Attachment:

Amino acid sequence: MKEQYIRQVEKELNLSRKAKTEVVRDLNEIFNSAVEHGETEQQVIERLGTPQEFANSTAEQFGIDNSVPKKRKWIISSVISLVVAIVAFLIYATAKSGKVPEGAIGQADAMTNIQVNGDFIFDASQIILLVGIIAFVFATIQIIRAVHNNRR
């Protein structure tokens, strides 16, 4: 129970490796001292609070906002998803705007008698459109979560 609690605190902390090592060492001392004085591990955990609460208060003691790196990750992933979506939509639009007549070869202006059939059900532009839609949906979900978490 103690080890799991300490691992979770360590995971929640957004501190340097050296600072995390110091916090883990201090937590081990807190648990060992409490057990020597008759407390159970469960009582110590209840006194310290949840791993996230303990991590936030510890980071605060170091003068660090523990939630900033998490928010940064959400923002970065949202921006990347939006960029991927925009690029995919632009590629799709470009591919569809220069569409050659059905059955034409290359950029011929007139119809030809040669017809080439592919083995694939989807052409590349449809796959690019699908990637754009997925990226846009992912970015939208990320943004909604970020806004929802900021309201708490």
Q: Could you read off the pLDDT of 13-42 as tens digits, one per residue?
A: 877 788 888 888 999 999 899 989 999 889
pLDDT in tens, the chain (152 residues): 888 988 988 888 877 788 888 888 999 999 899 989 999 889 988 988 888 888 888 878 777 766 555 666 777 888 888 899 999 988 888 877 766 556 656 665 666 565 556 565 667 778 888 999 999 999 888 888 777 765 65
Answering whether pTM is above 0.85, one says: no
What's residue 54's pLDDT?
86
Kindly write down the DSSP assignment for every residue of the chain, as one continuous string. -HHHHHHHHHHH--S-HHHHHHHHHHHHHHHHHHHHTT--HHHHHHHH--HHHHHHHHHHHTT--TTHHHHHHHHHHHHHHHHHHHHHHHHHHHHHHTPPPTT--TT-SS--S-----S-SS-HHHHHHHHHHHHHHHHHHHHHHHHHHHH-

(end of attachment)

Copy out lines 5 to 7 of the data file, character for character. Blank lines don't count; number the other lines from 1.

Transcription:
pLDDT in tens, the chain (152 residues): 888 988 988 888 877 788 888 888 999 999 899 989 999 889 988 988 888 888 888 878 777 766 555 666 777 888 888 899 999 988 888 877 766 556 656 665 666 565 556 565 667 778 888 999 999 999 888 888 777 765 65
Answering whether pTM is above 0.85, one says: no
What's residue 54's pLDDT?